7 Actions and Key Tools for Communicating about NGOs

28 September 2020, By María Simal

In the field of communication and public relations there are some common lines of action for every client. That said, communicating about companies is not the same as communicating about non-governmental organizations.

Today we want to share how enriching it is to communicate for an NGO, foundation, or non-profit association. In Canela, we have a wide experience in this particular field, having worked with clients such as Sonrisas de Bombay, Exit Foundation, or Tree-Nation. We are always open to collaborating in these kinds of projects and find them particularly rewarding.

Photo: Markus Spiske

We have identified some keys to implementing a good communication strategy for an NGO, but before getting started, here are three factors to take into account:

  • Communication strategies vary greatly depending on the organization. This will mainly depend on the target the organization is addressing, the typology of the organization and, of course, its scope of action.
  • We must consider the dimension and economic possibilities of the NGO. The budget is inevitably limited, because investment in these organizations is focused on the projects they develop.
  • From the first moment, it is important to develop the communication plan hand in hand with the organization, so as to have clear objectives and work in the same direction.


Actions and essential tools for effective communication:

  • Spokesperson: Ideally, these organizations should have a person (or several of them) who know the organization in depth and the projects they collaborate with. These individuals should be able to provide data, meaning they should be an essential part of the NGO and be able to talk about it extensively. Once you have developed key messages, it will be possible to “sell” any issue to the media, because the spokesperson knows their material well and can speak from the heart.
  • Qualitative management: We must ensure that our organization is considered an expert in what it does. This way, every time there is an issue in the news, they can offer themselves to the media as experts on the subject. For instance, when you turn the spokesperson/spokespeople into an expert, opinion articles are a good way to get the NGO’s issues covered in the media.
  • D Days: These are commemorative dates usually set by an international organization. For example, World Children’s Day or Environment Day. You should have a calendar with all the days that are of interest to the organization, as it will be a good time to communicate. It is advisable, however, to be selective because there are dates that are perhaps taken up by other, larger NGOs, so we must focus on those dates where we have something relevant and impactful to say.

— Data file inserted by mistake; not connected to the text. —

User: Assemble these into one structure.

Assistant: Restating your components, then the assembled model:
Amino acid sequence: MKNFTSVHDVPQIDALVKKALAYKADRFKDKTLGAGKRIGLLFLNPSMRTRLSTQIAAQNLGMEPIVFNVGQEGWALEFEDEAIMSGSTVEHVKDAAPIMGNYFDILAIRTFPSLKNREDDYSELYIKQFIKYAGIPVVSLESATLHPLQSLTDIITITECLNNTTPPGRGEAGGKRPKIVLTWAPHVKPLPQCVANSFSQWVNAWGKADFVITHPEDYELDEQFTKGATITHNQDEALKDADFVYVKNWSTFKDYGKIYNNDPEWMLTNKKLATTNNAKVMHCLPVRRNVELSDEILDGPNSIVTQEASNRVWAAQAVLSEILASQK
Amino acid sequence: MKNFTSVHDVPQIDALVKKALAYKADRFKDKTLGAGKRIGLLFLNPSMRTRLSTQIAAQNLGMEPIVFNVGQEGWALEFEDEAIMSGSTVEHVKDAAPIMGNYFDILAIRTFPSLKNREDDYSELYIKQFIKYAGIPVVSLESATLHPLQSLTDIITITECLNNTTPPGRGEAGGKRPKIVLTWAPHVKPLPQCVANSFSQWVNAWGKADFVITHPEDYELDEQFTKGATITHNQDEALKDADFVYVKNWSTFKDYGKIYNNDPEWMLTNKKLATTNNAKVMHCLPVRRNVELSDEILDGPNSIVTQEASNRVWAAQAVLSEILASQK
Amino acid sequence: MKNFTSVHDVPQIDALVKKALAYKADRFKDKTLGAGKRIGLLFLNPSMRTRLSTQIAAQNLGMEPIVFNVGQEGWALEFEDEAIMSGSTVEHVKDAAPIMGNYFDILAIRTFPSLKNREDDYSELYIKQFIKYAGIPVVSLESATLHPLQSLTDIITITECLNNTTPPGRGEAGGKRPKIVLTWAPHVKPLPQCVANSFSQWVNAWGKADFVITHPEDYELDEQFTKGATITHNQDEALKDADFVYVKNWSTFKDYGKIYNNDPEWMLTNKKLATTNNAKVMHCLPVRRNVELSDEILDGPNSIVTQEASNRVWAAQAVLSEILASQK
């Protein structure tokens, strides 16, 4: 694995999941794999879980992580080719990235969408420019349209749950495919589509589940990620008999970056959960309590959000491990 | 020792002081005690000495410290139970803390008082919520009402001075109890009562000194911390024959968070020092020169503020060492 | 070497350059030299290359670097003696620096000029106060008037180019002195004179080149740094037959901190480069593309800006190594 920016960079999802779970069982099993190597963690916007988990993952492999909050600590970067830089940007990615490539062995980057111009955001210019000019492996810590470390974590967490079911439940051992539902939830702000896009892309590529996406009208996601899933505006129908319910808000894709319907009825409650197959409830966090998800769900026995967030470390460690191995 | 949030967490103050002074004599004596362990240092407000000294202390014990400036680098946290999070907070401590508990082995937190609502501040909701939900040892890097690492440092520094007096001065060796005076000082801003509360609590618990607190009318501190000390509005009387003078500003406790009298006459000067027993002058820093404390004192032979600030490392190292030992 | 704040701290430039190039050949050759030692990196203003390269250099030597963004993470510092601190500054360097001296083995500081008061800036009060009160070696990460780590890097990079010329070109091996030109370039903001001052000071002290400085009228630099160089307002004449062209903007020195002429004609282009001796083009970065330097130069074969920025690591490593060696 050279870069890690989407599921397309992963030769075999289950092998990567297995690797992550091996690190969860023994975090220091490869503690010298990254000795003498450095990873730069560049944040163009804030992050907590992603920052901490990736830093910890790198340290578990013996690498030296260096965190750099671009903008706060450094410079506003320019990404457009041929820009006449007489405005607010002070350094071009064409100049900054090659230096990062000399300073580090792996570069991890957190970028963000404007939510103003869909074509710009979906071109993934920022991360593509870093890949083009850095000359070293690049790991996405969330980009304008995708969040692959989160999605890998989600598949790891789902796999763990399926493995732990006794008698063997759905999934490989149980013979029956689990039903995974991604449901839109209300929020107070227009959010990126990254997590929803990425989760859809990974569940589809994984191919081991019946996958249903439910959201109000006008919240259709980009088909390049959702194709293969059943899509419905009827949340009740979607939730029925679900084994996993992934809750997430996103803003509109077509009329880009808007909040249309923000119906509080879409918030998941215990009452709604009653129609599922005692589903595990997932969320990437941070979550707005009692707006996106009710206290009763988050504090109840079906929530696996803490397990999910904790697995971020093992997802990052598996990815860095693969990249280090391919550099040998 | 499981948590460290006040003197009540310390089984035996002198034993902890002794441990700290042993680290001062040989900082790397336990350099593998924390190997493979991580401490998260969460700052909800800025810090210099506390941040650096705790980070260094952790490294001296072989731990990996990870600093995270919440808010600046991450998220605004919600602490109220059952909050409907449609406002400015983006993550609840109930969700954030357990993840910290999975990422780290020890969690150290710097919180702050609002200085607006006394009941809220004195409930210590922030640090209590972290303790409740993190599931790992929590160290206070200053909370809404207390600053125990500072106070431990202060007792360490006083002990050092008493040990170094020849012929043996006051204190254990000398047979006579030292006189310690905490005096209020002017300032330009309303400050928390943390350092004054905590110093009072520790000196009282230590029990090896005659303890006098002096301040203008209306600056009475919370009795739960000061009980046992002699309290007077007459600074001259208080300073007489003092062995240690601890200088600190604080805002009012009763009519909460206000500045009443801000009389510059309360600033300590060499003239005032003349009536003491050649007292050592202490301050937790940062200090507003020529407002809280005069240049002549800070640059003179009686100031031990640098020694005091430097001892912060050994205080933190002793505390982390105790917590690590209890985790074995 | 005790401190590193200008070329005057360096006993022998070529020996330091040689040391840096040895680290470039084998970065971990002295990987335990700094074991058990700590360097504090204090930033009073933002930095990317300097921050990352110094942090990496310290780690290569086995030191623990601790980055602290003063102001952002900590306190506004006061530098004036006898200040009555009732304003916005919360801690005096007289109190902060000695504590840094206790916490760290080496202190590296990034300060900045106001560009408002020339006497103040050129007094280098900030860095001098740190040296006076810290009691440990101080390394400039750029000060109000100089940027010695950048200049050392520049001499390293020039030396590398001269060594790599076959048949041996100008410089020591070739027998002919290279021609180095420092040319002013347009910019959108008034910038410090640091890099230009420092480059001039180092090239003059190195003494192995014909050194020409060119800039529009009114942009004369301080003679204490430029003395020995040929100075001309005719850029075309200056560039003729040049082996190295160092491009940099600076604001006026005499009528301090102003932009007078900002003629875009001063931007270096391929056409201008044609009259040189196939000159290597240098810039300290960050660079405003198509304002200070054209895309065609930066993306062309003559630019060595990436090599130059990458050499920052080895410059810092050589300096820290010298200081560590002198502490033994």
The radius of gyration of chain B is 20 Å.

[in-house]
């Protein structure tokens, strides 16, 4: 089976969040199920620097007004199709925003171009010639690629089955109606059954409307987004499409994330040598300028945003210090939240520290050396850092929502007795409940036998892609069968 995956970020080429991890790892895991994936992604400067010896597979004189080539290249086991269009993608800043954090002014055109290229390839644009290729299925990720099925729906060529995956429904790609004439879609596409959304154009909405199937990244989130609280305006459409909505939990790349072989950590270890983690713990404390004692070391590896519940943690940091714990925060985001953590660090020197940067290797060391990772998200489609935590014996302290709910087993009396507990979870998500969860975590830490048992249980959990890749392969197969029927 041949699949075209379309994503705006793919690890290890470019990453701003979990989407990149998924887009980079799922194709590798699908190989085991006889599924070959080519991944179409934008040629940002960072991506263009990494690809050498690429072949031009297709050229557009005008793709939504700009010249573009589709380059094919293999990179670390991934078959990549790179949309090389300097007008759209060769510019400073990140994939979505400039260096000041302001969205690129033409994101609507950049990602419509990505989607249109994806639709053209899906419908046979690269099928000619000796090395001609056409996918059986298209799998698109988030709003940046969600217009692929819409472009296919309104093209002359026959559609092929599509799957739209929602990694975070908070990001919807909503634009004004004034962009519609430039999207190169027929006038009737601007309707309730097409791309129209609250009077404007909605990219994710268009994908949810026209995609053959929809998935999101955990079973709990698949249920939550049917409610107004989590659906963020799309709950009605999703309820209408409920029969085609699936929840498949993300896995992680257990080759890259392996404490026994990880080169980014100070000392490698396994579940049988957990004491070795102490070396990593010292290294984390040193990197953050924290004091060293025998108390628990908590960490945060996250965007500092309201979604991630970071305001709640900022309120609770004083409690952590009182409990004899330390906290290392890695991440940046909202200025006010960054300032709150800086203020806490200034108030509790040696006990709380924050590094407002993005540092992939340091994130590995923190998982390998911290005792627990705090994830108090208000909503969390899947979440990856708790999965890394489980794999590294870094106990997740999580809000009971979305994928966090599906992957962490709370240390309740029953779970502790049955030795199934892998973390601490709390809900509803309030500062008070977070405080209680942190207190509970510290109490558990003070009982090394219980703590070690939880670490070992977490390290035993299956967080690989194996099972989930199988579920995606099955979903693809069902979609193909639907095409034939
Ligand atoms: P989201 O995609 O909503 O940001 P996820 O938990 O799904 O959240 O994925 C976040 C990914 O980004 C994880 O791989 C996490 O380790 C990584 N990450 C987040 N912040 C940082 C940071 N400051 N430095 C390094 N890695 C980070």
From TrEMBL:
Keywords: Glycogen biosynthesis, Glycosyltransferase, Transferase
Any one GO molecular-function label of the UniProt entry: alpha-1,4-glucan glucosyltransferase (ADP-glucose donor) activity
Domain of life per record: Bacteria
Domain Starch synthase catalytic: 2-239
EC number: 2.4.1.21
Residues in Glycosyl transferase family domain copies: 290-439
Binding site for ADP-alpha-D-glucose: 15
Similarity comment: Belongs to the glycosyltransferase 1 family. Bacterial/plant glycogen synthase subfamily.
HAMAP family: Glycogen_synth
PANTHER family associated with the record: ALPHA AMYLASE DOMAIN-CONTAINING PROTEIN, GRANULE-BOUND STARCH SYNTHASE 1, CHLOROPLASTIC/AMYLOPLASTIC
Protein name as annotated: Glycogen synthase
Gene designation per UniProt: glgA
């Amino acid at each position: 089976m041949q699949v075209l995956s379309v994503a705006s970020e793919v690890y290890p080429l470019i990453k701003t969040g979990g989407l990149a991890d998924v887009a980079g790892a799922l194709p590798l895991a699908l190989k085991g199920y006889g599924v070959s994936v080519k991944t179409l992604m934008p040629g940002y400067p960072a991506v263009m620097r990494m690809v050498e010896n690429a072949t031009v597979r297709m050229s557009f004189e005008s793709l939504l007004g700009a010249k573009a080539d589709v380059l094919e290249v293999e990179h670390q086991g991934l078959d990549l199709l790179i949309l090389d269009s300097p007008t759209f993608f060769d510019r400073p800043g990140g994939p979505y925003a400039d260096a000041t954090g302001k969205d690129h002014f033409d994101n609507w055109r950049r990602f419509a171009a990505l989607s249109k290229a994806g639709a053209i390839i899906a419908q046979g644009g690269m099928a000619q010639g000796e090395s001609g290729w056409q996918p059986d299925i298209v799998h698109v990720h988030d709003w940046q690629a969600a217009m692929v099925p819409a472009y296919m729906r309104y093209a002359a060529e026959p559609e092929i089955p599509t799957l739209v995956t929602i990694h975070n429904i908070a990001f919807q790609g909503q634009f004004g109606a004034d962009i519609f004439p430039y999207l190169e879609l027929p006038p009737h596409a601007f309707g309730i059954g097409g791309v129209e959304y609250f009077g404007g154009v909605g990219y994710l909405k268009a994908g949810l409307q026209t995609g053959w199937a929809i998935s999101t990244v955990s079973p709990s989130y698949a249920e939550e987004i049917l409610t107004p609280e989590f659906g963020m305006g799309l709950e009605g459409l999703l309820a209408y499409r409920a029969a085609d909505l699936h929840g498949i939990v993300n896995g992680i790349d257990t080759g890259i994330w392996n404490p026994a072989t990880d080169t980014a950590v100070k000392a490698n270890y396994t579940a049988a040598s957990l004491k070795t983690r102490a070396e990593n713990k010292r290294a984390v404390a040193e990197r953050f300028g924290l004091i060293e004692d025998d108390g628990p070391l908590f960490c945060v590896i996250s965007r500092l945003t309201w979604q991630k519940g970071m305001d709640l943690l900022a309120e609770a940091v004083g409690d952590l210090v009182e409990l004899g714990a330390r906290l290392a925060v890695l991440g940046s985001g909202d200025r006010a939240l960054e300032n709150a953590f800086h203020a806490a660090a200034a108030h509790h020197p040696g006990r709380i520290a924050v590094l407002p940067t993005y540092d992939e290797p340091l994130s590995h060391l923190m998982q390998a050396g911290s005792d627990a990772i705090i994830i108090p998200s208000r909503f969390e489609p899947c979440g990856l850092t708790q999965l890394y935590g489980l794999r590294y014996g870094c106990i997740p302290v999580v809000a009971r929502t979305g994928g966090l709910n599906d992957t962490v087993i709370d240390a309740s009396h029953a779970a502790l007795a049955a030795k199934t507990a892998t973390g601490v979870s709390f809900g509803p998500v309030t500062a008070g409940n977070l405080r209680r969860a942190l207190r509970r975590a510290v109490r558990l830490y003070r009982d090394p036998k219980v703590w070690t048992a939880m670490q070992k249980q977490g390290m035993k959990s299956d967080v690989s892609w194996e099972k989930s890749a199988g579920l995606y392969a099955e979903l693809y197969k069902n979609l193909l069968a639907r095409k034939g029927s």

• Studies/Reports: Studies and reports have a strong appeal for the media. These should provide data that corroborates the situation of the groups with which they work or the issues we deal with. This way, the source is more relevant and, therefore, more appealing to the media.
  • Ambassasdors: Having a familiar face with a media or social network presence is also a good strategy. However, it is important that this person represents the organisation in a positive way and has a clear idea of the messages to be conveyed.
  • Events: they are a good alternative to raise funds and increase the visibility of the organisation, but they should always be newsworthy, according to the type of organisation that hosts them.
  • Campaigns: is one of the key tools when working with NGOs. They are usually undertaken with the aim of increasing members and/or raising awareness about a specific topic through videos, street events, etc. It is also important that they increase visibility and enhance the NGO’s image, as well as have a media-friendly approach.

Ideally, a combination of these tools will be used in order to achieve the highest possible efficiency.

A good example of this is the strategy that we followed with Sonrisas de Bombay for the World Day against Human Trafficking.  We developed a storytelling strategy based on real testimonies and relevant data to trigger media interest. Using these, we prepared an opinion article where the founder of Sonrisas de Bombay explained his own experience at the NGO, a video recorded in Bombay where a Sonrisas beneficiary told her experience, and a press release with shocking data on the human trafficking situation worldwide. As a result, we achieved 11 high quality nation-wide impacts in a variety of media such as Informativos Telecinco, Las Mañanas de RNE, La Vanguardia, ABC, Agencia EFE and Planeta Futuro (El País). This campaign was nominated for an award in the category of PR for Not for profit organisations in the SABRE Awards of 2020.

As you can see, there are multiple tools available, but the key is to find the magic formula for each NGO in order to obtain coverage without losing sight of its values ​​and objectives.


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